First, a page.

A gateway for Ebola/Marburg viruses

Ebola and Marburg viruses (belonging to the family of filoviruses) are two of the most pathogenic viruses in humans, with mortality rates from infection reaching as high as 80%. Effective therapies and vaccines are dependent upon a more complete understanding of the virus life-cycles, including the mechanisms by which these viruses enter and exit the cells they infect. Microdomains sometimes called lipid rafts because of their detergent insoluble and lateral mobility characteristics exist on the outer membranes of cells allowing for the colocalization of molecules necessary for the cells function. Lipid rafts have been implicated in entry, infection and budding of a variety of pathogens including intracellular bacteria and viruses such as HIV.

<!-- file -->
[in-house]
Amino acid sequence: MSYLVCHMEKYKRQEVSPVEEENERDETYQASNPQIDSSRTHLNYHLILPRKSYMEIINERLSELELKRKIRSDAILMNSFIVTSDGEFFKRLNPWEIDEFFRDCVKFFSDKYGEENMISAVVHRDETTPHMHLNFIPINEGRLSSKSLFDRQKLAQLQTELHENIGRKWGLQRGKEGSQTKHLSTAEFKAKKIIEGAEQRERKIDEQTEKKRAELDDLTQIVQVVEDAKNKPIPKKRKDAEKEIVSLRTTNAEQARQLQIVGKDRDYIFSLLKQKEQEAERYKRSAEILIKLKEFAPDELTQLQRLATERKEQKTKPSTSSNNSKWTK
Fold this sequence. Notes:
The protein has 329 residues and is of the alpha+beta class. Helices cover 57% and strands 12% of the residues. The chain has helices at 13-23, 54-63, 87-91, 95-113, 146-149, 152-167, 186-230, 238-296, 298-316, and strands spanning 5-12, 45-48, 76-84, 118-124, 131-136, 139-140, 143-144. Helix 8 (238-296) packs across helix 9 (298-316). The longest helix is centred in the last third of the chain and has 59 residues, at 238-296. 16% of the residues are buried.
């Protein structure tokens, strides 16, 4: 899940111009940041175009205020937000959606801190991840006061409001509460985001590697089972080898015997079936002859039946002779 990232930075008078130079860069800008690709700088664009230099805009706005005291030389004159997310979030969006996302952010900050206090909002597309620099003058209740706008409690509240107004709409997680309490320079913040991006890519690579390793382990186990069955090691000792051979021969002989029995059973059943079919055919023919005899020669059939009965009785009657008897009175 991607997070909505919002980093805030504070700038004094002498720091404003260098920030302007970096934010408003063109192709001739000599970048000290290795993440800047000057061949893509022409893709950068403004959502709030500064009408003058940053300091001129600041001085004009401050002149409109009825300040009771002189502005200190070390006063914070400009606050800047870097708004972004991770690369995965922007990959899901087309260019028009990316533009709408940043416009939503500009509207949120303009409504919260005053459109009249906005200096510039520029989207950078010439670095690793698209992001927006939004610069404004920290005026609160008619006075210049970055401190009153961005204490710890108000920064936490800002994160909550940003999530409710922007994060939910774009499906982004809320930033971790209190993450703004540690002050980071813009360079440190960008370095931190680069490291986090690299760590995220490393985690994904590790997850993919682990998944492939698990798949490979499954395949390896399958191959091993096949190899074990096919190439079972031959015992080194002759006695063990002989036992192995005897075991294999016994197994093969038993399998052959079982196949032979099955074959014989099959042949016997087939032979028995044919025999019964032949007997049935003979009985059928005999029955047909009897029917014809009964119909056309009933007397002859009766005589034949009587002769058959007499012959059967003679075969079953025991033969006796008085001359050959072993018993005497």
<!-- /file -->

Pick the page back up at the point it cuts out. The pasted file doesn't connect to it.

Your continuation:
In the March 4 issue of The Journal of Experimental Medicine, Aman and colleagues from the US Army Medical Research Institute of Infectious Disease, demonstrate that Ebola and Marburg viruses are dependent upon cell membrane lipid rafts for entry into the cell and ultimately for virus assembly and budding, and are thus potential therapeutic targets. They further go on to demonstrate that virus-like particles (VLPs) that do not contain viral genome (and thus are of potential therapeutic utility) can be generated. The authors speculate that these VLPs may have utility as vaccines against these lethal pathogens.


Contact: Lynette Henry
Journal of Experimental Medicine

Page: 1

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